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Trainers that we would advocate would never support shock, choke, or pinch collars, or other devices that utilize pain. When faced with negative behaviors, they will usually ignore them, or remove something that the dog considers to be pleasant. They focus most on rewarding and reinforcing positive behaviors. Typically, trainers that advocate force-free training use lots of food for reinforcement, but the most skilled trainers will also reward the dogs with other things, such as play-time, toys, attention and cuddles. It is important to find out what works best for each individual dog! In our household, Tonka is all about attention, while Gaige responds best to play time, and of course, Gia is always interested in snacks. If I only used the same reward for all three of our dogs, our communication skills and advancement with training would most likely plateau.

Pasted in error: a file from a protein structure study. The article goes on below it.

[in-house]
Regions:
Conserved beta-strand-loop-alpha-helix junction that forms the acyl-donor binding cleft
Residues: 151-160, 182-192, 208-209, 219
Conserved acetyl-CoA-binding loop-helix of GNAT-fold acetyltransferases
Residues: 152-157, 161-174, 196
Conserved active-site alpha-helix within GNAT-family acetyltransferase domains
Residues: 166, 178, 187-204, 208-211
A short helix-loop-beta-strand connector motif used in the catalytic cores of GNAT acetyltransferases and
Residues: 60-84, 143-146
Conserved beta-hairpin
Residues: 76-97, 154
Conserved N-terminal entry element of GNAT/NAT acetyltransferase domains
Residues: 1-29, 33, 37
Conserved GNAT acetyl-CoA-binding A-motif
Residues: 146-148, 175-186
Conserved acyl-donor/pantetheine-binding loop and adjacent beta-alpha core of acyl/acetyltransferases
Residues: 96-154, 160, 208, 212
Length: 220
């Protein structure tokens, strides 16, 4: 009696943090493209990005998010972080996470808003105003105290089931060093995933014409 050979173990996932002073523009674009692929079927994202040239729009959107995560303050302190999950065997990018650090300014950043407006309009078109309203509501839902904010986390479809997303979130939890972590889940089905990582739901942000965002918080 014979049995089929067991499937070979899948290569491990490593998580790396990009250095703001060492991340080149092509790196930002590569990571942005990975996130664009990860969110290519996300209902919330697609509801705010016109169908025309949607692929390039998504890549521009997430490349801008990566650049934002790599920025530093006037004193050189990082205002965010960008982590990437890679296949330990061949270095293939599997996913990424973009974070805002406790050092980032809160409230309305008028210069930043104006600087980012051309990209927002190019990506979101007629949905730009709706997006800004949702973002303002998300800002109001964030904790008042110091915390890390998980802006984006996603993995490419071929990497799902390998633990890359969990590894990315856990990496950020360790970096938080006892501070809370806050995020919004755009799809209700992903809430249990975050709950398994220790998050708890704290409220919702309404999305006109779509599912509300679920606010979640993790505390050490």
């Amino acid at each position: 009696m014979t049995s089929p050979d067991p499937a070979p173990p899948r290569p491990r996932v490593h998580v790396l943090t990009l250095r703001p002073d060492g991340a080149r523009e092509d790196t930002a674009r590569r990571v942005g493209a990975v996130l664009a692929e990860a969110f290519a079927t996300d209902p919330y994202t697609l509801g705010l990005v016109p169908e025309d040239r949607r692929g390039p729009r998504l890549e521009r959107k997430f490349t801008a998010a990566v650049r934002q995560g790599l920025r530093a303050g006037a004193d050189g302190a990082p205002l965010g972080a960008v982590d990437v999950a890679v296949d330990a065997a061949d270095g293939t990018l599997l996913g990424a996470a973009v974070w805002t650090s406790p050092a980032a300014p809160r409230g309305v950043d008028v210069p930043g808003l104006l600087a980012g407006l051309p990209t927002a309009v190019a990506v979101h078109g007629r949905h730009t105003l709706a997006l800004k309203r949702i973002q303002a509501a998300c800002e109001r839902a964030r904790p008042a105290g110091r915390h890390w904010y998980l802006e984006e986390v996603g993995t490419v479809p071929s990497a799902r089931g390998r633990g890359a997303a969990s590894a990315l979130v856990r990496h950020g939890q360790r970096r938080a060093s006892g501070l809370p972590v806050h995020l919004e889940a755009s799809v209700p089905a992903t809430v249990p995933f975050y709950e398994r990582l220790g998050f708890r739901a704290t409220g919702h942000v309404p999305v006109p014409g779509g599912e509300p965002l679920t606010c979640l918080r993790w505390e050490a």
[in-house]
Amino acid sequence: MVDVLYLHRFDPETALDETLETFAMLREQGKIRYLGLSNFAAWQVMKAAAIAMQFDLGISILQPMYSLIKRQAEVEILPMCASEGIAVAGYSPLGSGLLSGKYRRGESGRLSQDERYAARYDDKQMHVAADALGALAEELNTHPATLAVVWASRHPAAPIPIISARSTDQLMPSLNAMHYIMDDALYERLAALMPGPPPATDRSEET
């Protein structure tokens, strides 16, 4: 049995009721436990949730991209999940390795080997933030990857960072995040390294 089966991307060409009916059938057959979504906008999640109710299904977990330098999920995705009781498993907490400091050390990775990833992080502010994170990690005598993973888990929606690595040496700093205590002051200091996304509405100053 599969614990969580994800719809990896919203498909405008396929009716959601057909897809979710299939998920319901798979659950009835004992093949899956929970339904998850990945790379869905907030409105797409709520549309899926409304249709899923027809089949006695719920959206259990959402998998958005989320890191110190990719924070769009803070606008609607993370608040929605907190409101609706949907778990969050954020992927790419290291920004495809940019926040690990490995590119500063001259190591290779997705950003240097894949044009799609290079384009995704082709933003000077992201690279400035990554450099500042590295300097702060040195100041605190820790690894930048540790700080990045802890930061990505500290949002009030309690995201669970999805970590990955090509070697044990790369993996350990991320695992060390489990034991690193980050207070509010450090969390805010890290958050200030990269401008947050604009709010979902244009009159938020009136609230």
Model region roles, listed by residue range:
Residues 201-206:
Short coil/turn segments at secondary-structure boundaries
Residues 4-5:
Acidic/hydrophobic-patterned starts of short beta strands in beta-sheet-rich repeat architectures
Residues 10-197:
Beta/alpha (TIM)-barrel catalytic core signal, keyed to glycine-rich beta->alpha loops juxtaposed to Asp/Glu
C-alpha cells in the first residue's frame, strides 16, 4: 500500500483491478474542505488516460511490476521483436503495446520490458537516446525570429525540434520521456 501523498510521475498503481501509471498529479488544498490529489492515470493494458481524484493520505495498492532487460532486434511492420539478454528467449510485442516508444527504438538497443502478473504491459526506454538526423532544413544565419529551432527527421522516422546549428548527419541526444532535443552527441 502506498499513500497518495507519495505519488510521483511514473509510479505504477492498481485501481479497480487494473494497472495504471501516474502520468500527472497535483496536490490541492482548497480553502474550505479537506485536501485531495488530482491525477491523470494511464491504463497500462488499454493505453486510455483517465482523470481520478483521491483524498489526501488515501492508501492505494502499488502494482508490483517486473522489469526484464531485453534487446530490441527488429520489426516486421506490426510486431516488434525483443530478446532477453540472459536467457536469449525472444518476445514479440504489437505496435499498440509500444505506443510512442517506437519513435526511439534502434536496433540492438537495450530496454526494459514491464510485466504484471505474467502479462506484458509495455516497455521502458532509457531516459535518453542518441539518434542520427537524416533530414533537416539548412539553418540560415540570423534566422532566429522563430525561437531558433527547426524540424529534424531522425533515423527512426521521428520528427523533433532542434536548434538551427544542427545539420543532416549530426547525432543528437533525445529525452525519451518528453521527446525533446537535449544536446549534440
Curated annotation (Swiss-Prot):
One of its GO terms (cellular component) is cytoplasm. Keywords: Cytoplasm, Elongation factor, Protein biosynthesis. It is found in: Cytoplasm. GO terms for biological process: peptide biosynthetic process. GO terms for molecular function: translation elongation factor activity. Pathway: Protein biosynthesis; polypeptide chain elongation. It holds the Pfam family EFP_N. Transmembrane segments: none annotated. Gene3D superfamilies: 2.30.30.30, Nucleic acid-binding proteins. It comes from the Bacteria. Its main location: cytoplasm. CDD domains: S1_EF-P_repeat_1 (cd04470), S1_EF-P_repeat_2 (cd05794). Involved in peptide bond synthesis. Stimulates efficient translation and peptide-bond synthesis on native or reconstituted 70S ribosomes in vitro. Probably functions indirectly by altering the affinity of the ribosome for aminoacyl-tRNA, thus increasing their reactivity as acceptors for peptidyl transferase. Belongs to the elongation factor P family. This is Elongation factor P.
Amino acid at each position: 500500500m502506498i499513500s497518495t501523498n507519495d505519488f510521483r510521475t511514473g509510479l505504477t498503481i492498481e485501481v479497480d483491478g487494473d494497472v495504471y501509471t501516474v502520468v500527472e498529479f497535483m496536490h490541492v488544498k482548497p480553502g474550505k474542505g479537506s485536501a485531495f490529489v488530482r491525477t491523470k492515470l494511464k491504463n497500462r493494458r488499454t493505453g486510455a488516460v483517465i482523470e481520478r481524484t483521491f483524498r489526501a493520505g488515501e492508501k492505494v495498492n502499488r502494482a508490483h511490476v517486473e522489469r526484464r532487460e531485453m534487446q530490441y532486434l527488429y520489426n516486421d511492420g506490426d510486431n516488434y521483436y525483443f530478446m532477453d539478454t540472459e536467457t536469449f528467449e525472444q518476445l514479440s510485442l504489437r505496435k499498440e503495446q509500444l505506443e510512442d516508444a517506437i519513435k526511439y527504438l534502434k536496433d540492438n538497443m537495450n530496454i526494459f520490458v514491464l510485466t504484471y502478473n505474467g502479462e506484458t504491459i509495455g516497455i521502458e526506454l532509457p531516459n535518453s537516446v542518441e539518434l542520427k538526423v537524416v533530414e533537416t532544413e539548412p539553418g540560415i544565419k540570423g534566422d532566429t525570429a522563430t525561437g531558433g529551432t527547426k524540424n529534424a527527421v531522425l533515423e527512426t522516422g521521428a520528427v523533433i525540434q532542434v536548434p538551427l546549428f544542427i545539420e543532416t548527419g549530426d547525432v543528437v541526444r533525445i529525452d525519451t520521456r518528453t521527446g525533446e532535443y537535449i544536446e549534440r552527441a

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Individualized Approach

Along those lines, it is important that your trainer evaluate you and your dog individually, and formulate an approach that works best for your team. I have a frustration with trainers that try to take the same cookie-cutter approach with every dog. Even if the trainer is knowledgeable enough to only employ force-free training methods, it’s not enough if they expect the same exact training process to work for every dog… or, for that matter, every owner! Always be open-minded enough to take queues from your dog… watch their body language closely, embrace the communication signs they offer to you, and go from there. Use what works best for the two (or more!) of you, as a team. If you are paying someone good money for training tips, then they owe you an individualized approach… otherwise, you could get all of your information from this blog a book! Seriously though, your pup will thank you for it, and you will get a lot more knowledge for your money.

Real-Life Training